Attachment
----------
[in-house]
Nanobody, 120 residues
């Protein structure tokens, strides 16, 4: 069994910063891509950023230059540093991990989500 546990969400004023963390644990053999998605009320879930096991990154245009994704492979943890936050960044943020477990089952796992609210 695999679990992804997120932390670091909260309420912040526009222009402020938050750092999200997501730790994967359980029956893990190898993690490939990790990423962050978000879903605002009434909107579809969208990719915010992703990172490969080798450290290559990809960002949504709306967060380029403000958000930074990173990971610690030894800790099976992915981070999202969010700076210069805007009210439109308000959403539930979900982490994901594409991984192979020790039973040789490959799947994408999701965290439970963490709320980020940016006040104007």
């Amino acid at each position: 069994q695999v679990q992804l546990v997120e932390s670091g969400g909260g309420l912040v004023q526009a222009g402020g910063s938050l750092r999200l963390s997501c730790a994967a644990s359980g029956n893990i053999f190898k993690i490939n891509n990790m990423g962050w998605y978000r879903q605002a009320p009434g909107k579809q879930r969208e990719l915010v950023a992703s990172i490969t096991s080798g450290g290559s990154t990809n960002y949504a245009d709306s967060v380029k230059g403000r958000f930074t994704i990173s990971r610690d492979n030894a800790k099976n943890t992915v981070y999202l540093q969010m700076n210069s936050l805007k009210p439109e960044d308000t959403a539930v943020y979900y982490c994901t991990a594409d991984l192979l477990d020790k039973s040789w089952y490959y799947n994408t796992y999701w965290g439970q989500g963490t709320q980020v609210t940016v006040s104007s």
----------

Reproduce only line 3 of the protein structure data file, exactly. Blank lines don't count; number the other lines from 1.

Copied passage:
């Protein structure tokens, strides 16, 4: 069994910063891509950023230059540093991990989500 546990969400004023963390644990053999998605009320879930096991990154245009994704492979943890936050960044943020477990089952796992609210 695999679990992804997120932390670091909260309420912040526009222009402020938050750092999200997501730790994967359980029956893990190898993690490939990790990423962050978000879903605002009434909107579809969208990719915010992703990172490969080798450290290559990809960002949504709306967060380029403000958000930074990173990971610690030894800790099976992915981070999202969010700076210069805007009210439109308000959403539930979900982490994901594409991984192979020790039973040789490959799947994408999701965290439970963490709320980020940016006040104007």